Tough is good: winter miles for race day smiles

Finally, try to embrace the hard rides… and even be grateful for them! Sometimes you’ll go out on your bike during the winter months and it’ll just really suck. It’s a fact of life. But still better a bad day on the bike than a good day staying home and doing the chores. Besides, these tough winter rides will only serve to make you physically and mentally stronger in the long run. That big hill you just rode up into driving rain and a relentless headwind? Think how much easier it will feel when you tackle it again on a calm spring day! Winter miles will build resilience and give you some great material for your ‘mental toughness’ folder. If you find yourself faced with less than perfect conditions on race day, you’ll be able to look back on those rides and remind yourself that you can do it because you’ve done it before. It’s such a cliché, but it’s true: winter miles really do lead to race day smiles.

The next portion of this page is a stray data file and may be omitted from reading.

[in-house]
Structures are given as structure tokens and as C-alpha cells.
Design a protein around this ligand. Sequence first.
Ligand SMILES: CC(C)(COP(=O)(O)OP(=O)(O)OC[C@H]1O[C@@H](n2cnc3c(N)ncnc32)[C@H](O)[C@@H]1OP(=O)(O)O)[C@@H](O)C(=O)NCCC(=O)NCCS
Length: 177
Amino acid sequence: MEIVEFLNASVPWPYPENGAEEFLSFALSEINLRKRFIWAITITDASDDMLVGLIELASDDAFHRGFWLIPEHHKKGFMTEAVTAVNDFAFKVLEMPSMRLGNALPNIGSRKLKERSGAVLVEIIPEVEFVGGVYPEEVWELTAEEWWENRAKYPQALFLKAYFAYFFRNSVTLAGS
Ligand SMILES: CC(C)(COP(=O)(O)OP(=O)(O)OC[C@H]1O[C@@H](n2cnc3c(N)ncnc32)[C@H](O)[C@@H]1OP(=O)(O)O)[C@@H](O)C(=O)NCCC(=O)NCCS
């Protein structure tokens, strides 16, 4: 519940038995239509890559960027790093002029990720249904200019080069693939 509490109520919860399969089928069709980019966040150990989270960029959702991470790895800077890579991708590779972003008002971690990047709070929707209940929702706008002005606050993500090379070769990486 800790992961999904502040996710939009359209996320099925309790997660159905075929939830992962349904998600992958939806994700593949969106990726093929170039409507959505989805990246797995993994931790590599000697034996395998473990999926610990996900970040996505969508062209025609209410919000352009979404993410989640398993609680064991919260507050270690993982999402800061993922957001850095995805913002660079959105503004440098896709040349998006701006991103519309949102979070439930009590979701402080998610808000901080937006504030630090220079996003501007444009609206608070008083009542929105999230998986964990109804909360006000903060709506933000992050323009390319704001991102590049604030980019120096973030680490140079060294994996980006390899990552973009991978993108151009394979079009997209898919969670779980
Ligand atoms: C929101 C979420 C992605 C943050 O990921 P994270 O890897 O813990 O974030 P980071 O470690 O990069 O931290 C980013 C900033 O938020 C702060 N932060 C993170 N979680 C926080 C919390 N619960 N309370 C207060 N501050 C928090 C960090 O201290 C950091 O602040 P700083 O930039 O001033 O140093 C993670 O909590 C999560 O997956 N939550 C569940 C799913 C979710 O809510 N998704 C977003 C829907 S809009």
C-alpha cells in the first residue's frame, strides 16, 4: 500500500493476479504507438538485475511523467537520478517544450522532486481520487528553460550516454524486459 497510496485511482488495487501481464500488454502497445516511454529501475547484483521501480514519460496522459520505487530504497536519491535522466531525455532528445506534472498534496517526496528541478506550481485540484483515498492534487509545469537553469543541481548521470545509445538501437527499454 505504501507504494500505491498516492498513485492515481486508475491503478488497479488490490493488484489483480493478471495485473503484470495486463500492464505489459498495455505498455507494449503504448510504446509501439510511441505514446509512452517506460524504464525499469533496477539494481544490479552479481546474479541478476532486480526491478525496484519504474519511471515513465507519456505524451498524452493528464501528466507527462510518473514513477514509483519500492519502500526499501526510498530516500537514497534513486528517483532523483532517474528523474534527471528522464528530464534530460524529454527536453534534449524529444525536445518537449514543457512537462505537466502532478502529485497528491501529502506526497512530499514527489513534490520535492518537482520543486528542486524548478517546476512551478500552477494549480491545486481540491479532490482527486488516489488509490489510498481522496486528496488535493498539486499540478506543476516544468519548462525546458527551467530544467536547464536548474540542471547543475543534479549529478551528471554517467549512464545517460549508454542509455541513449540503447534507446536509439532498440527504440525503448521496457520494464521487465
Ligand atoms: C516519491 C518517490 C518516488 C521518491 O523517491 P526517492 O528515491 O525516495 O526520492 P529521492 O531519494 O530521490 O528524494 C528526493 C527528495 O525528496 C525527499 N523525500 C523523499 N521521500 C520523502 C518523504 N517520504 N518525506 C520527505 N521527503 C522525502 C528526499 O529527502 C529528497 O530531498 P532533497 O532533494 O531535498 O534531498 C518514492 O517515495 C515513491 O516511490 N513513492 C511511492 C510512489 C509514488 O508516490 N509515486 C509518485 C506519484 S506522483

If you’re heading out on your bike this winter make sure you stay safe, have fun and don’t forget to tag us in your photos. We love seeing how The Herd style out our Autumn/Winter kit!

Got a great tip for staying warm on the bike in the winter months? Why not join our Stolen Goat Herd Facebook group and share it with your fellow Goats!